By Sally Jeng
Fatou Njie campaigns against irregular and undocumented migration by sharing her own lived experience of the deadly journey. But her most unique and powerful tool is not just the journey experience; it is her ability to deal with the stigma and stereotypes that greeted her arrival to The Gambia when she decided to return – voluntarily.
The 30-year-old traveled to Libya in 2014 to meet her husband who was en route to Italy through the ‘back-way’, the Gambian parlance for the perilous irregular migration journey through the high deserts of Libya and the dangerous Mediterranean sea.
For about four years, until 2017, Fatou lived in Tripoli with her husband who developed an ailment.
“He became seriously ill,” Fatou recounted with a crimson face. “As undocumented migrants, we could not access the best of health facilities and that was when we decided to return home.”
Fatou and her husband were two of over 5,600 stranded Gambian migrants, as of August 2021, that voluntarily returned with support from the International Organisation for Migration (IOM).
Meanwhile, between 2014 to 2017, over 35,000 Gambians arrived irregularly on European shores, according to Frontex, the EU border agency. A lot more stranded in Libya, like Fatou and her husband.
The challenges faced by returning migrants are numerous, not least the negative perceptions and stereotypes about returning home without ‘realising their European dreams’.
“I almost got frustrated when I first came back, I had no one to support me, the stigma and the stereotype almost broke me,” Fatou said.
To add to her frustration, few months after she and her spouse returned, the young man passed away. He could not survive the illness developed in Libya. The couple had two young kids.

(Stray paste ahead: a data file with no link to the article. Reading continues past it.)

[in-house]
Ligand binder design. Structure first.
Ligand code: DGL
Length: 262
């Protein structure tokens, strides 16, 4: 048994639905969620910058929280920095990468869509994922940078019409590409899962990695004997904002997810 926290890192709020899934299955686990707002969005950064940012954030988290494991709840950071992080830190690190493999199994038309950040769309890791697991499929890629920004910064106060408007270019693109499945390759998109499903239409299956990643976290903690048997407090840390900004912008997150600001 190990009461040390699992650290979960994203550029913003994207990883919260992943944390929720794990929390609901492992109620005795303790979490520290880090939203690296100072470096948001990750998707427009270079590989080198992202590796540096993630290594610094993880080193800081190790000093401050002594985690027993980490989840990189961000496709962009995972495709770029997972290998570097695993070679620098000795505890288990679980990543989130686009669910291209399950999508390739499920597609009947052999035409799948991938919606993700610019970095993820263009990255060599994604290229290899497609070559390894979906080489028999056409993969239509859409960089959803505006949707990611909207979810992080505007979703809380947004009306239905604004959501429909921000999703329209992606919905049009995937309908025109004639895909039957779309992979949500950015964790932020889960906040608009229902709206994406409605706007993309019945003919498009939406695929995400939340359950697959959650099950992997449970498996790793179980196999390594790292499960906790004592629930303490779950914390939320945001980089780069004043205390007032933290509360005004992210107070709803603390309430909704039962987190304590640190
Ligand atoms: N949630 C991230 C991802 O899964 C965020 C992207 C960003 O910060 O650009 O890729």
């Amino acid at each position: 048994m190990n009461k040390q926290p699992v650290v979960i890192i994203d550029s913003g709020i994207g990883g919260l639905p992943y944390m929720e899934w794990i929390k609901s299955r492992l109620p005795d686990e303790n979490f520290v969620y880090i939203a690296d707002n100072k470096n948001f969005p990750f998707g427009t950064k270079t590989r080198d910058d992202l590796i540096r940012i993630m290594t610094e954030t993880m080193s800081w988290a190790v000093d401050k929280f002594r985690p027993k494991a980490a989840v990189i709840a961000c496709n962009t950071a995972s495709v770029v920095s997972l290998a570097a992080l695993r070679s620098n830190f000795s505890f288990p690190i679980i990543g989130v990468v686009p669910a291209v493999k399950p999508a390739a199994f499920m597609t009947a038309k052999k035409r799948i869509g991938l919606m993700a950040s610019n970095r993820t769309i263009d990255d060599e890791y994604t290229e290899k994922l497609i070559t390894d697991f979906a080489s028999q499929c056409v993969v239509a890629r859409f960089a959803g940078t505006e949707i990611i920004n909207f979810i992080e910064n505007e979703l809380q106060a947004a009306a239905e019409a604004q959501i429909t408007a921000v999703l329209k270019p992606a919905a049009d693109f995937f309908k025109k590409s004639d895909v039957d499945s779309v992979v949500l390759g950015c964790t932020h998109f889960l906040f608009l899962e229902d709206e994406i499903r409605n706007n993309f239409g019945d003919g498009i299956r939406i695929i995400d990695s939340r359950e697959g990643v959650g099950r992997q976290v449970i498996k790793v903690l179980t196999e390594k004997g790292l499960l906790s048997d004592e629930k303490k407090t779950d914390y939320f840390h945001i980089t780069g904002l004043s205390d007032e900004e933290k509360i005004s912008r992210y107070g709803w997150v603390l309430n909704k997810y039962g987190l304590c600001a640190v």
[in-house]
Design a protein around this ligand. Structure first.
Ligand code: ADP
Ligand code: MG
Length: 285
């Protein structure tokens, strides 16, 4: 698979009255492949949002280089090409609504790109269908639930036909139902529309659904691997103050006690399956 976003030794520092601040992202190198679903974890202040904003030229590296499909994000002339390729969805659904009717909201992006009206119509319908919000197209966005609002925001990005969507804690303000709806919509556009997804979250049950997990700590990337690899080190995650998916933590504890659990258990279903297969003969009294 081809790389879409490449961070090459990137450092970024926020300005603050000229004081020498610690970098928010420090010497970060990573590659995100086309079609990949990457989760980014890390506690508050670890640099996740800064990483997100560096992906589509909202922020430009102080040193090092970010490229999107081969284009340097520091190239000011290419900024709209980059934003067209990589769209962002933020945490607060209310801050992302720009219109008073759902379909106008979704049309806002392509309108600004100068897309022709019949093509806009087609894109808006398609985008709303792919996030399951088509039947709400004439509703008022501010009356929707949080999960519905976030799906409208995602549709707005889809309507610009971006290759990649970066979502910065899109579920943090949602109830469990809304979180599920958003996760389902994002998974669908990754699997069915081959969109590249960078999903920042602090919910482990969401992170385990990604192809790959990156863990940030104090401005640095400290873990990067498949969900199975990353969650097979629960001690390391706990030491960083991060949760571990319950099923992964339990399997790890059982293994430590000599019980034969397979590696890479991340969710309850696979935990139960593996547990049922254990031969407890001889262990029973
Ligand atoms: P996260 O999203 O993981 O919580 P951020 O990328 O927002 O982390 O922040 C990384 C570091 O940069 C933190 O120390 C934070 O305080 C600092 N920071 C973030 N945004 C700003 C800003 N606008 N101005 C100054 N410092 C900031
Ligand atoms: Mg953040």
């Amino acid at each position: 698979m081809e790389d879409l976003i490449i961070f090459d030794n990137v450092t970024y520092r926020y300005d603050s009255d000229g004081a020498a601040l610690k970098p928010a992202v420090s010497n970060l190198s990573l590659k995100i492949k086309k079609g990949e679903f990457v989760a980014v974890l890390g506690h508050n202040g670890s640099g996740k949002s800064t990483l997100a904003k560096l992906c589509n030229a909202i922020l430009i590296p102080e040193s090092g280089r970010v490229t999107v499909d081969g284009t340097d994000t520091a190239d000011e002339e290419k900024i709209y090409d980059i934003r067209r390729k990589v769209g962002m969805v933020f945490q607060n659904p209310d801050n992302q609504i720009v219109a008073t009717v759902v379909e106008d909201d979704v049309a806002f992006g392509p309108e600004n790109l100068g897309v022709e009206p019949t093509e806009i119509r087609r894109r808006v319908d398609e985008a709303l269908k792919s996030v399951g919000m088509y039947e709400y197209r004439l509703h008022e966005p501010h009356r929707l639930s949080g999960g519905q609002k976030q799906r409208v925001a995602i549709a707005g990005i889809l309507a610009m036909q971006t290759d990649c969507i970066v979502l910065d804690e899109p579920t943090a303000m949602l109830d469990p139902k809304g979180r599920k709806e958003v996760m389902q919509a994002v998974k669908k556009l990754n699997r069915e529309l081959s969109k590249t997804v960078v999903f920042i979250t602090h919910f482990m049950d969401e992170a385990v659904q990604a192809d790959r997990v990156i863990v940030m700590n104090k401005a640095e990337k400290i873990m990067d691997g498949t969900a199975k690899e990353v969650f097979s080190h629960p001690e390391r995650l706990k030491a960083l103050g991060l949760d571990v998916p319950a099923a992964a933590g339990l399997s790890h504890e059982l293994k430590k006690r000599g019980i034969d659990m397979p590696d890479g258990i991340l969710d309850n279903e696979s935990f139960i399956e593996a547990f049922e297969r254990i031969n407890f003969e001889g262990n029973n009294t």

Despite the challenges of being a single-mother, Fatou started a campaign against irregular migration with her fellow returnees. She uses the campaign platform to share personal experiences of the journey which gave her tribulation and claimed her husband.
“Our campaign is not just to discourage others against irregular migration, but we also try to encourage other returnees that things can be better here,” she explained.
Fatou is not just telling returnees, and potential migrants that things can be better. She is showing them, using herself as the model.
Through the reintegration support that she received from the IOM, the young widow set up a business. She was one of over 3,600 returnees who benefited from the EU-IOM joint initiative for migrant protection and reintegration assistance programme. The assistance comes in different ways: support to set up or strengthen a small business, to pursue education or vocational training, and so on.
Fatou chose to start a business. She opened a shop at Latrikunda market.
From the reintegration support package, she was able to establish and now manages a sustainable business. Today, she wants to venture into another business.
“I now want to start a poultry farm to support other female returnees,” she explained.
“Despite the stigma and discrimination, I decided to challenge myself that it is up to me to positively tell my story and today I can say I am proud of what I am able to do for myself,” Fatou said.